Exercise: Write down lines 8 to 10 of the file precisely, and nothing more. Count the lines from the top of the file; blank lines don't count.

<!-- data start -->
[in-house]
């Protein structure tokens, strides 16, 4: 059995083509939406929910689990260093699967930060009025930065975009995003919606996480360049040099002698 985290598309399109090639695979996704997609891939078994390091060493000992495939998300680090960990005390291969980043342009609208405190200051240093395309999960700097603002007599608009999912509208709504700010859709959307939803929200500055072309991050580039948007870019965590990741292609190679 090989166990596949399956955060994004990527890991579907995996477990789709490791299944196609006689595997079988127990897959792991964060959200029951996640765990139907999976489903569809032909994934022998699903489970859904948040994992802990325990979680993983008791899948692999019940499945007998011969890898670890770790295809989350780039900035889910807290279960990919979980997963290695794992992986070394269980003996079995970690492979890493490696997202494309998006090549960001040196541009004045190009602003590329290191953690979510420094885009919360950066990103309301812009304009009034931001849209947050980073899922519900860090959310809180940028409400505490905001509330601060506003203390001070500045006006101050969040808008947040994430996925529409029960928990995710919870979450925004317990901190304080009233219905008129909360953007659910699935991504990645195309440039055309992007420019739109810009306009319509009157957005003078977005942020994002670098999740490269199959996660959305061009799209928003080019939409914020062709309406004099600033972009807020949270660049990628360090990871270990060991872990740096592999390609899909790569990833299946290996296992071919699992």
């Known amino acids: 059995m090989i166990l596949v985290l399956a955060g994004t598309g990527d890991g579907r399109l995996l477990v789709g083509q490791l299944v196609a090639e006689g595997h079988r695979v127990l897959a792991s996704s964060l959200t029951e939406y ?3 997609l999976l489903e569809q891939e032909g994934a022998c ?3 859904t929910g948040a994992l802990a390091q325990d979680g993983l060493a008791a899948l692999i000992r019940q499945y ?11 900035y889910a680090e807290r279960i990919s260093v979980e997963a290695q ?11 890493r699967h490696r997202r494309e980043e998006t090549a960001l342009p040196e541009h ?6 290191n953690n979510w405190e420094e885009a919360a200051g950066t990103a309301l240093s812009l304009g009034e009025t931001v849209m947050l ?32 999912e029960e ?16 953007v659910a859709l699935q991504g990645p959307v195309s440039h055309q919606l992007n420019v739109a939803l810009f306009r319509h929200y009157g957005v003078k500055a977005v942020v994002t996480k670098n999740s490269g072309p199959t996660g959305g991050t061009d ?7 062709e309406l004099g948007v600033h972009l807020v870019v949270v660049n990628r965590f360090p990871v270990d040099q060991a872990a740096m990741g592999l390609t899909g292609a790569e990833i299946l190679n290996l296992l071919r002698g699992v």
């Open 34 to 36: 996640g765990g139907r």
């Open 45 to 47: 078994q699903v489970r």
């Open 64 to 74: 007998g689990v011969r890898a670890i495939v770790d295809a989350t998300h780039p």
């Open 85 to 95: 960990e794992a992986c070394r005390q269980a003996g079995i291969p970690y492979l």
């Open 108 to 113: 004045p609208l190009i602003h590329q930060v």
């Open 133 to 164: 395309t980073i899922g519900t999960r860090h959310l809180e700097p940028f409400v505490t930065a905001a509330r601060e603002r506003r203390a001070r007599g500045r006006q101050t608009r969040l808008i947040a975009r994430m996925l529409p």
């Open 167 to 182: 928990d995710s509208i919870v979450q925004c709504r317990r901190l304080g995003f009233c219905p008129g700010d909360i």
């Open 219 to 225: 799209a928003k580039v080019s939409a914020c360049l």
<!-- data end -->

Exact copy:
């Open 108 to 113: 004045p609208l190009i602003h590329q930060v």
């Open 133 to 164: 395309t980073i899922g519900t999960r860090h959310l809180e700097p940028f409400v505490t930065a905001a509330r601060e603002r506003r203390a001070r007599g500045r006006q101050t608009r969040l808008i947040a975009r994430m996925l529409p």
């Open 167 to 182: 928990d995710s509208i919870v979450q925004c709504r317990r901190l304080g995003f009233c219905p008129g700010d909360i």